Parents as Partners in Young Children's Stuttering Treatment

Re: article

From: Anne Bothe
Date: 10/23/00
Time: 8:06:05 AM
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Thanks, Sarah -- neat question, and a very common one, because of course we've all been in situations where someone is trying to teach us something and we've ended up very frustrated because all we seem to hear about is when we do it wrong! You get a test back with a whole lot of "minus" scores on it and no comment about the parts you did right, your golf coach is silent when your swing is pretty but pipes up with lots of critiques as soon as you do it wrong, your mother looks your entire wonderful new outfit up and down and all she can say is "That's too much eye makeup" -- or whatever. The answer is always to teach people things in a way that makes them feel good about what they are learning, instead of making them feel bad about what they have yet to learn. Learning is undoubtedly frustrating sometimes -- but figuring out that you CAN do it is such an empowering feeling, that's what teachers are supposed to lead learners to realize. And besides -- lots and lots and lots of praise for when the children are doing it right, lots of emphasis on the positive, and on the whole we have kids who love the experience. I can't say I've never seen even a moment of frustration in the children, of course I have, learning is hard work -- but that frustration is so much rarer than many people seem to be afraid of, and all you have to do when it does happen is spend the next few minutes just playing and praising their nonstuttered speech, the same as you might do when a child in language treatment or articulation treatment or any other learning situation gets frustrated with whatever learning task you've set for her.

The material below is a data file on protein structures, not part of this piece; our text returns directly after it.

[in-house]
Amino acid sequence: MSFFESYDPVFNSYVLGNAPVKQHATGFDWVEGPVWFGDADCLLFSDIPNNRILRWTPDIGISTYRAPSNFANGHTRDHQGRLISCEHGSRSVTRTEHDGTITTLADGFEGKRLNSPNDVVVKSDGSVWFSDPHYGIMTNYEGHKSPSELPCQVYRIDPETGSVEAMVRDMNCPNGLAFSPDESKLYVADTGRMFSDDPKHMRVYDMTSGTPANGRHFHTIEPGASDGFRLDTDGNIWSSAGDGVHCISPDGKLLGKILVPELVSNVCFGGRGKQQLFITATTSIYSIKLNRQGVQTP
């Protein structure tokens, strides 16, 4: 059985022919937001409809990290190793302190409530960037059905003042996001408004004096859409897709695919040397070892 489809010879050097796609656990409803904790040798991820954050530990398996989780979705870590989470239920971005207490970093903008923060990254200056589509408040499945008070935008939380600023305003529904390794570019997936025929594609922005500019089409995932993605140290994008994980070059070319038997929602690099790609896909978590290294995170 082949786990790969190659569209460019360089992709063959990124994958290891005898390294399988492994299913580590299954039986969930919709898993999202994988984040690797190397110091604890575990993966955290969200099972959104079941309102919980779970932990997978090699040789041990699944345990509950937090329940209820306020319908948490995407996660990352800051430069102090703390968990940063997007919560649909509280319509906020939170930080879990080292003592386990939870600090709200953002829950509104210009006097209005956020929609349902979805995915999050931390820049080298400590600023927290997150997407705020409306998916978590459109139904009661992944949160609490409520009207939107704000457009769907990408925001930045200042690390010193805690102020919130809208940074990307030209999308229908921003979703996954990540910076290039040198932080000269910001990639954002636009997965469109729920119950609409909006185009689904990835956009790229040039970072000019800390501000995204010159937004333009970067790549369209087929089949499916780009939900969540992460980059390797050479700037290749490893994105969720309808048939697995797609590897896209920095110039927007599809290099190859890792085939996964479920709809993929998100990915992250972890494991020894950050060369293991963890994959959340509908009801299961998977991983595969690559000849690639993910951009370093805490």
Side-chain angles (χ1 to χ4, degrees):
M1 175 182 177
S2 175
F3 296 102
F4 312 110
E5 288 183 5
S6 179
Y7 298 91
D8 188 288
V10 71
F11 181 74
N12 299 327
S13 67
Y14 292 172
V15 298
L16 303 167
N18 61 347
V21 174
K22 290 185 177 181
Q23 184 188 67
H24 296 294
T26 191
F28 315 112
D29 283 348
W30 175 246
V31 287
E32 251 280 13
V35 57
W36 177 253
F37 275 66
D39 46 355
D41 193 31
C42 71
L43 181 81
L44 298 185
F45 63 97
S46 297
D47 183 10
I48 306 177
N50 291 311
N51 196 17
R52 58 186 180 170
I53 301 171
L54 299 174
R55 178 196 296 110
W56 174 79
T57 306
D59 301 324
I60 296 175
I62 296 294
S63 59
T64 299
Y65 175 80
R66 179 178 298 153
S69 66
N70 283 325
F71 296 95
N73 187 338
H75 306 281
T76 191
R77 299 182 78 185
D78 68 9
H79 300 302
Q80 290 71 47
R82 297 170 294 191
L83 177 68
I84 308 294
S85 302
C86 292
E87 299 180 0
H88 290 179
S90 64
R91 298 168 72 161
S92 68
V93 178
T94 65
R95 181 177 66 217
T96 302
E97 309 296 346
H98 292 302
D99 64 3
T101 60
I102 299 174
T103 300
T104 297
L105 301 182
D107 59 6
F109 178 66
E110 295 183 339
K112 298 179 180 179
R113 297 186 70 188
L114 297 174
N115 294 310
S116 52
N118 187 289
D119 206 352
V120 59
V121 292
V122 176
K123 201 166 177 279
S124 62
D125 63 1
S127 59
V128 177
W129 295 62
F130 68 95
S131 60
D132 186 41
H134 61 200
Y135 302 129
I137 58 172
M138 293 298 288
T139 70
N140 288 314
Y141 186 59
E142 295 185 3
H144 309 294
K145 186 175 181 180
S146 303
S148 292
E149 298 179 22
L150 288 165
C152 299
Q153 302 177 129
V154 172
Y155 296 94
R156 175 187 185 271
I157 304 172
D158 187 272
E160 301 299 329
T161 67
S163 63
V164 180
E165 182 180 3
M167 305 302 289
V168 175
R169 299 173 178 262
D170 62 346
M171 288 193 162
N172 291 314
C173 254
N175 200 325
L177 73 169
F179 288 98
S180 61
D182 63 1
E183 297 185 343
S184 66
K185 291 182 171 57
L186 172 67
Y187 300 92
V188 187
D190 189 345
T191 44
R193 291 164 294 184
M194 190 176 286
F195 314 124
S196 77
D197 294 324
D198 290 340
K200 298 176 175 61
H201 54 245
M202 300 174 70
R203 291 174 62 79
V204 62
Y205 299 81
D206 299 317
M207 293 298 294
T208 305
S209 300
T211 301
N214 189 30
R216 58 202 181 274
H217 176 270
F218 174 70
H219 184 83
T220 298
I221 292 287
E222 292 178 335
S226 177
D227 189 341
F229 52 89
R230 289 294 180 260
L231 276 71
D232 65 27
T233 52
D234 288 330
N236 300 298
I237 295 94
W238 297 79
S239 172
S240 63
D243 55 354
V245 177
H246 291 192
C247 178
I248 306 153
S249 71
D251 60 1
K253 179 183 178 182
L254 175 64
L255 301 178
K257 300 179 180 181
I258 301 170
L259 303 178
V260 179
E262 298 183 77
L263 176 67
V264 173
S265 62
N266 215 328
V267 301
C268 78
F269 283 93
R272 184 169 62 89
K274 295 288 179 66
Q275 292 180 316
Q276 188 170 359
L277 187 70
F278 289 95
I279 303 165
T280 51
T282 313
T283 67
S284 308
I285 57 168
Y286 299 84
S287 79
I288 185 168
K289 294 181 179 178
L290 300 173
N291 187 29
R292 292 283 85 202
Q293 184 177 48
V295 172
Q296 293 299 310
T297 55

Hope that answers your question --

Last changed: September 12, 2005